posted by nickyskye on Nov 17, 2010 - 7 comments

Harmonious Society

The Crab Party that got China's most famous artist arrested. [more inside]
posted by Heliochrome85 on Nov 9, 2010 - 50 comments

Lord of war

For his graduation piece, Central Academy of Fine Arts sculpture student Bi Heng (毕横) made a 9.4 metre tall Transformer-like statue of apotheosised martial hero Guan Yu; the base vehicle Bi cannibalised was another icon of the Chinese battlefield, the Jiefang truck (more pics, video in Chinese)
posted by Abiezer on Jun 9, 2010 - 20 comments

Release early, often and with rap music.

The Free Art and Technology (F.A.T.) Lab is an organization dedicated to enriching the public domain through the research and development of creative technologies and media. You may know them from such projects as How to build a fake Google Street View car, public domain donor stickers, internet famous class, the first rap video to end with a download source code link, or their numerous firefox add-ons (such as China Channel, Tourettes Machine, or Back to the future). FAT members have been hard at work standardizing various open source graffiti-related software packages, including Graffiti Analysis, Laser Tag, Fat Tag Deluxe and EyeWriter [previously] to be GML (Graffiti Markup Language) compliant. Fuck Google. Fuck Twitter. FuckFlickr. Fuck SXSW. Fuck 3D. FAT Lab is Kanye shades for the open source movement.
posted by finite on Mar 13, 2010 - 8 comments

Ai Weiwei hospitalised

Ai Weiwei, one of the leading Chinese artists of his generation, has undergone emergency brain surgery after being beaten by police. [more inside]
posted by WPW on Sep 28, 2009 - 13 comments

miniature interiors

Carving a snuff bottle for painting. Types of snuff bottle painting: slide show. Step by step process of painting inside. A painting in its cultural setting. Some contemporary images: Tornado on the highway l aurora. With a special 90-degree-angle paintbrush used to paint inside glass or crystal objects, artists can achieve exquisitely unique paintings.Some of the painting tools used: the bamboo pen l writing brush l lily magnolia. [more inside]
posted by nickyskye on Jan 17, 2009 - 3 comments

The T'ang Dynasty

China's Golden Age.
posted by homunculus on Oct 18, 2008 - 27 comments

Moasics: they aren't just for Roman bath houses anymore!

Uh oh, you smashed a dish while you were washing up. But you don't get upset, because you know what to do with the pieces. Being both cultured and crafty, you not only know about the long and illustrious history of mosaic art but also that you can make mosaics from china and ceramic shards as well as pebbles, beads (new or removed from old jewelery), shells, marbles, or even lego or Scrabble tiles. So you take those pieces of your broken plate (and others that klutzy you has broken in the past) and, following some basic instructions, make numbers for your house, a fireplace surround, a birdbath, a flowerpot, a table or two or four, a tray, picture or mirror frames, a wall mural/homage to Hitchcock, or even a floor. By now you're wishing you had a spare basilica or Roman villa so you could really go nuts. And, besides planning on picking up some thrift shop china, you're eyeing that 48-piece reindeer-and-elves Christmas dinnerware set your mother-in-law gave you a few years back and thinking it's really too bad you're so clumsy and likely to break it in the very near future.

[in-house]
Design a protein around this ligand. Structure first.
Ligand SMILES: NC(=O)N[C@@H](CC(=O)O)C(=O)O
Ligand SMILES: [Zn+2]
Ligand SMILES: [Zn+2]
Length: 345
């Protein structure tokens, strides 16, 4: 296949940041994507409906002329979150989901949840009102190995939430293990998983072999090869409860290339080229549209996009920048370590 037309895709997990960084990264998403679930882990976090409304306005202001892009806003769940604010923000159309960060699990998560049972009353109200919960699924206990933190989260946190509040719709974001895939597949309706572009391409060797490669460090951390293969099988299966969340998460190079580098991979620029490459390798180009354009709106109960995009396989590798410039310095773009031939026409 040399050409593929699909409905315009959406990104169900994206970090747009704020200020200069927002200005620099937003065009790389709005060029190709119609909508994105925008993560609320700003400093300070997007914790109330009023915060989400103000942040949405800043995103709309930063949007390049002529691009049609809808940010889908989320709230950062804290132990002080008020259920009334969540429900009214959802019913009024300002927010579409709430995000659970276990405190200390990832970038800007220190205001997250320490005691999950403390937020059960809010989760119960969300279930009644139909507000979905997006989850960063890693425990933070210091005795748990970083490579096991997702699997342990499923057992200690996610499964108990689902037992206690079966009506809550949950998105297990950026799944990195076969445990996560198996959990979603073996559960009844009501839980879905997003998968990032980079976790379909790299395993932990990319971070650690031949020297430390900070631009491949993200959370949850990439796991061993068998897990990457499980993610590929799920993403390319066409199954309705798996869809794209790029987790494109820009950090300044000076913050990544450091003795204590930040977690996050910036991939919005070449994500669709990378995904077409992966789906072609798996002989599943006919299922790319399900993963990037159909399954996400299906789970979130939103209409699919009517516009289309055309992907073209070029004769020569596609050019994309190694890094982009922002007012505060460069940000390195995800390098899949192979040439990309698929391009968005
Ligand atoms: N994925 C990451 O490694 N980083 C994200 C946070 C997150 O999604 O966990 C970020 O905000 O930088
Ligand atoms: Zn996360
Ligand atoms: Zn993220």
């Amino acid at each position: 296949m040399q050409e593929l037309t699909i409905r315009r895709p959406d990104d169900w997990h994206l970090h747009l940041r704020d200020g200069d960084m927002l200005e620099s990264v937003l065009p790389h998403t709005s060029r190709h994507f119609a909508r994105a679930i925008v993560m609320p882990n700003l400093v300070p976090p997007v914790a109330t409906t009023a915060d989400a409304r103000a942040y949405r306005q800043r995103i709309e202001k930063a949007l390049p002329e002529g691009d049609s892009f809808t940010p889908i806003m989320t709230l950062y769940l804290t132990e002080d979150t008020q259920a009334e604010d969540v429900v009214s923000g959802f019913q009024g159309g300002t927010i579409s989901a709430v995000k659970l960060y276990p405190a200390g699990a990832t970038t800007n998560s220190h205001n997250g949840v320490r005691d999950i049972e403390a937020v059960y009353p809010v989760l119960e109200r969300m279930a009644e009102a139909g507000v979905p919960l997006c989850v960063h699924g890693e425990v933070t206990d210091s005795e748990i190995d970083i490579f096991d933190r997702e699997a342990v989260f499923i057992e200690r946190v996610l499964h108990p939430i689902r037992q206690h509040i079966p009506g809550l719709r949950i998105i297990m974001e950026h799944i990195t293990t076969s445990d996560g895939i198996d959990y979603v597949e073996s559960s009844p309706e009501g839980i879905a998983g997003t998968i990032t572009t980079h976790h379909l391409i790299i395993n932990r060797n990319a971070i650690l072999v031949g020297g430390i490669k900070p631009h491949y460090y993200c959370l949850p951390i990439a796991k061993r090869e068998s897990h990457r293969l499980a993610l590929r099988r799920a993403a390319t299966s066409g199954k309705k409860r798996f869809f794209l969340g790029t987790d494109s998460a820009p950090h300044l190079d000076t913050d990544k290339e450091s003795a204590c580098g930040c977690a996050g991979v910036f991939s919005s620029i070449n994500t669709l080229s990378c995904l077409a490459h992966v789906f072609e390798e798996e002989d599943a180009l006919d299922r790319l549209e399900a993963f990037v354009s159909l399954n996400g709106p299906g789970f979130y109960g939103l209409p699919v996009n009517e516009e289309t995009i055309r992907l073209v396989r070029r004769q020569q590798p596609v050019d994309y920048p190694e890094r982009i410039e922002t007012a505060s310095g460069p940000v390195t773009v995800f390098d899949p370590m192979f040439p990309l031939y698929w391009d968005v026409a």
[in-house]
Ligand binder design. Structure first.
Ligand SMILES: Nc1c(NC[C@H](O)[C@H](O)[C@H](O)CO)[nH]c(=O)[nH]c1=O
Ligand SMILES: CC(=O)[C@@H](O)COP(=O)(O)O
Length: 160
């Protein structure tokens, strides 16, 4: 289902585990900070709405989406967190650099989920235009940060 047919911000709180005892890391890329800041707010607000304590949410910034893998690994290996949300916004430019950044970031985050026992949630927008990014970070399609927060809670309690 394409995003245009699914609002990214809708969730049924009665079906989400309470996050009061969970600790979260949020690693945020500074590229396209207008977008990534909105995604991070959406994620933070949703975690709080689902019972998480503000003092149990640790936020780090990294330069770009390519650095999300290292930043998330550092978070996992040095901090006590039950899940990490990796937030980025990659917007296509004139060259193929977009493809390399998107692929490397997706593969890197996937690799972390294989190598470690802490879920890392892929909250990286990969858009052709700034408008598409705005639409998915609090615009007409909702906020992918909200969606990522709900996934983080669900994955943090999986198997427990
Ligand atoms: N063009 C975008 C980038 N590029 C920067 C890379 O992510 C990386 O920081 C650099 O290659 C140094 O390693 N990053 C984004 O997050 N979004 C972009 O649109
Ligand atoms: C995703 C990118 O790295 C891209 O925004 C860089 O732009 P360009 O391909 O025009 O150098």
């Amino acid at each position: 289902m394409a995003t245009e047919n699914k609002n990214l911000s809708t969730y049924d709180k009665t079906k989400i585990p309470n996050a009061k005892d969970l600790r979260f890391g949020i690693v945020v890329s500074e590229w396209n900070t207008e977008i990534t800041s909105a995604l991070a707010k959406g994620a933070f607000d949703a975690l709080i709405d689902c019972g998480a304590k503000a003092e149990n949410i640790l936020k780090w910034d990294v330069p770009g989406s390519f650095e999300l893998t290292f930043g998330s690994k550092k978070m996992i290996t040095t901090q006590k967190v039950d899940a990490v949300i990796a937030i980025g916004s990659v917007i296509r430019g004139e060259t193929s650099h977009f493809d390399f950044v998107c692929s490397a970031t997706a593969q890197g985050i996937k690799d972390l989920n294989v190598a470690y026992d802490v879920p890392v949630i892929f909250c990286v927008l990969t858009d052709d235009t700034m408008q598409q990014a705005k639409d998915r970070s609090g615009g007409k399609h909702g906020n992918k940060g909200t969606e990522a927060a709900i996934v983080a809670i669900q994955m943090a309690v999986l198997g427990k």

posted by orange swan on Sep 16, 2008 - 20 comments

pathos and pathology

"Hidden within the basement archives of Yale University's Historical Medical Library lie the original oil painting collection and personal papers of the first American surgeon to practice in China." Extraordinary paintings of compassion in a medical setting. [Warning, these are graphic depictions, some NSFW] Elegant, disturbing and moving portraits of patients by Lam Qua, commissioned by a medical missionary named Peter Parker in the 1830's. [No, not that Peter Parker. Via MeFite tellurian's awesome blog]. [more inside]
posted by nickyskye on Sep 2, 2008 - 20 comments

The Caves of Dunhuang

Buddha’s Caves: The Caves of Dunhuang.
posted by homunculus on Jul 6, 2008 - 7 comments

"the precious jewels of Jao-chou"

In 2006 in the Fitzwilliam Museum three enormous porcelain vases from seventeenth or eighteenth century China were smashed by a museum visitor who fell down the stairs. This presentation "follows the vases' progress from scattered fragments to their redisplay in the Fitzwilliam Museum. The site includes slideshows, film clips of the conservation process and a timelapse of one of the vases under reconstruction". [more inside]
posted by paduasoy on May 5, 2008 - 20 comments

Chinese ice sculpture festival

Harbin Ice and Snow World 2007 "Welcome to... Beijing after an ice storm? No, this is “The Eighth Annual Harbin Ice and Snow World”, China’s premiere winter event." Previously on MeFi.
posted by dhruva on Jan 29, 2008 - 9 comments

Smile, what's the use of crying

Yue Minjun, a Chinese avant-garde artist, known for his depiction of toothy, smiling males. More at Asia's Hottest Modern Painters. Bonus: Goldfish
posted by growabrain on Nov 11, 2007 - 22 comments

南巡

Recording the grandeur of the Qing [Flash; browser re-sizing; Flash-free topic index] Gorgeous and rich resource introducing multiple facets of Qing history via a study of the spectacular painted scrolls that recorded Kangxi and Qianlong's inspection tours through the south of their Empire.
posted by Abiezer on Nov 6, 2007 - 18 comments

Wu Tai Shan

Wutaishan: Pilgrimage to Five Peak Mountain.
posted by homunculus on Aug 22, 2007 - 4 comments

scholar's rocks

Known as scholar's rocks or gongshi, viewing stones are rocks of complex shapes that suggest worlds within worlds, microcosms in stone. In Japan they are called Suiseki, from the Japanese characters for water "sui" and stone "seki", placed on a daiza, a carved wood base. They are at once a miniature landscape and a point of imaginative departure…
posted by nickyskye on Jul 10, 2007 - 11 comments

Xia Xiaowan

3D Glass Paintings by Xia Xiaowan. [Via Table of Malcontents.]
posted by homunculus on Apr 17, 2007 - 24 comments

all dolled up